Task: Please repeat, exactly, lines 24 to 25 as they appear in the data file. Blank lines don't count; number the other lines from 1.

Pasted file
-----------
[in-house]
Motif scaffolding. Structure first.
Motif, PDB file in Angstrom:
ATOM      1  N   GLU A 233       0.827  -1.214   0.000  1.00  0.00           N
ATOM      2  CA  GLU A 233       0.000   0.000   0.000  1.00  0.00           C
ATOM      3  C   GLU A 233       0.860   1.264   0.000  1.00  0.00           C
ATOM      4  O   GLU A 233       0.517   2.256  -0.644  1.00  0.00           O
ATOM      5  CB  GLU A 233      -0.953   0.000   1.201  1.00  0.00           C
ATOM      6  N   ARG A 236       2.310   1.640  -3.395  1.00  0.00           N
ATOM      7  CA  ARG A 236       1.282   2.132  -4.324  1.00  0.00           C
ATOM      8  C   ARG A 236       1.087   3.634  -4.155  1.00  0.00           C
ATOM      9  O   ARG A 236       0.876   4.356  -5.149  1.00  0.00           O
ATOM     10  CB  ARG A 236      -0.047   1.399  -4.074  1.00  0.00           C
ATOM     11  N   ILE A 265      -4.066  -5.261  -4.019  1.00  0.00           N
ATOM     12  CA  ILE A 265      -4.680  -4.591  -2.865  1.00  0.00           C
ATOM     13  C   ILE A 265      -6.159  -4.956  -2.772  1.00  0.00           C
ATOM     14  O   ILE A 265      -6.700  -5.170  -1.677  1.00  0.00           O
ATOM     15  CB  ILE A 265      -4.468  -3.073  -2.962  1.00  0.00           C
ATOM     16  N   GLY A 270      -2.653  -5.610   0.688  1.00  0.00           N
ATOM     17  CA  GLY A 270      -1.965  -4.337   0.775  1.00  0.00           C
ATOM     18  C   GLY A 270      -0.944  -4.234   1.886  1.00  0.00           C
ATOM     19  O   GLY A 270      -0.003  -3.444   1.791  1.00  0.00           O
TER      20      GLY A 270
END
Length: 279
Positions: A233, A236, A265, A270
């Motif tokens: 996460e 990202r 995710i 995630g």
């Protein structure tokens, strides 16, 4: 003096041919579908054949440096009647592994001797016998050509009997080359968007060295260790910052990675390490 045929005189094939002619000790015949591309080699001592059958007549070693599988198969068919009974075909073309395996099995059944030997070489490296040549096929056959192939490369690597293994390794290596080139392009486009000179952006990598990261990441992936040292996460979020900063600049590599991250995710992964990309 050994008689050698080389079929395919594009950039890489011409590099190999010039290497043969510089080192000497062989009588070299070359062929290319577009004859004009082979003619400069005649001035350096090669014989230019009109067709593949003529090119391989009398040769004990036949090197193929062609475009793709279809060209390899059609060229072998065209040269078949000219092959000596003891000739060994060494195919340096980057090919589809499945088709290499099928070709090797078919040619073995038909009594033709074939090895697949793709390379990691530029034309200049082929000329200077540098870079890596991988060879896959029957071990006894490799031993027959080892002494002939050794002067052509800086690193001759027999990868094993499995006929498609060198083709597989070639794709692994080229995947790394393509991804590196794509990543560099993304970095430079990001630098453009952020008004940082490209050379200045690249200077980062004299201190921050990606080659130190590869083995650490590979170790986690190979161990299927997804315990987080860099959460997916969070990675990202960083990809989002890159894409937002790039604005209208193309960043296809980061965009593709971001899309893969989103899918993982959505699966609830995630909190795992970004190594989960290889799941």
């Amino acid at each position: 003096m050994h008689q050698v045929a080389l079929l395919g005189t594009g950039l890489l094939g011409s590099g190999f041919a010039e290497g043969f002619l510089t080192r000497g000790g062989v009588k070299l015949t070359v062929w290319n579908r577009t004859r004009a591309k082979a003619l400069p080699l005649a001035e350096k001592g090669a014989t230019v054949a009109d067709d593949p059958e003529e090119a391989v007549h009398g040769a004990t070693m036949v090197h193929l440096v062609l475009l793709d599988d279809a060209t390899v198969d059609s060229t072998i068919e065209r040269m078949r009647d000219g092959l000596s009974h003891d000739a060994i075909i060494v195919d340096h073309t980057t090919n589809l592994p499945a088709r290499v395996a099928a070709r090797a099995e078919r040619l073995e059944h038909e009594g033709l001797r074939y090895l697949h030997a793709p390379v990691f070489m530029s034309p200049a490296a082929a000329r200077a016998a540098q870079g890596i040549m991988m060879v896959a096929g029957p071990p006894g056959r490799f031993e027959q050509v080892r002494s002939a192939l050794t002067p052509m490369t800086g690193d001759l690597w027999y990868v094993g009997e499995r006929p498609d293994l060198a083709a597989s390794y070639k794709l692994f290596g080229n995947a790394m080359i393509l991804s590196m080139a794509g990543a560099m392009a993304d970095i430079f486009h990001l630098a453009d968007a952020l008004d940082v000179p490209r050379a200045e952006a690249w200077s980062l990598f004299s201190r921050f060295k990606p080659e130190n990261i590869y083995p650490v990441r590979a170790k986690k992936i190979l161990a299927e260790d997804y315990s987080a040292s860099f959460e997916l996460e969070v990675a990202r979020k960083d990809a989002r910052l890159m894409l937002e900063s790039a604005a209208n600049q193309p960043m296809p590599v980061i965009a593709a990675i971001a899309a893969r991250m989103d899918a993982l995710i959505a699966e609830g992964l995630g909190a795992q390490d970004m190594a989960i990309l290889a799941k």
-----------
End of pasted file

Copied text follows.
END
Length: 279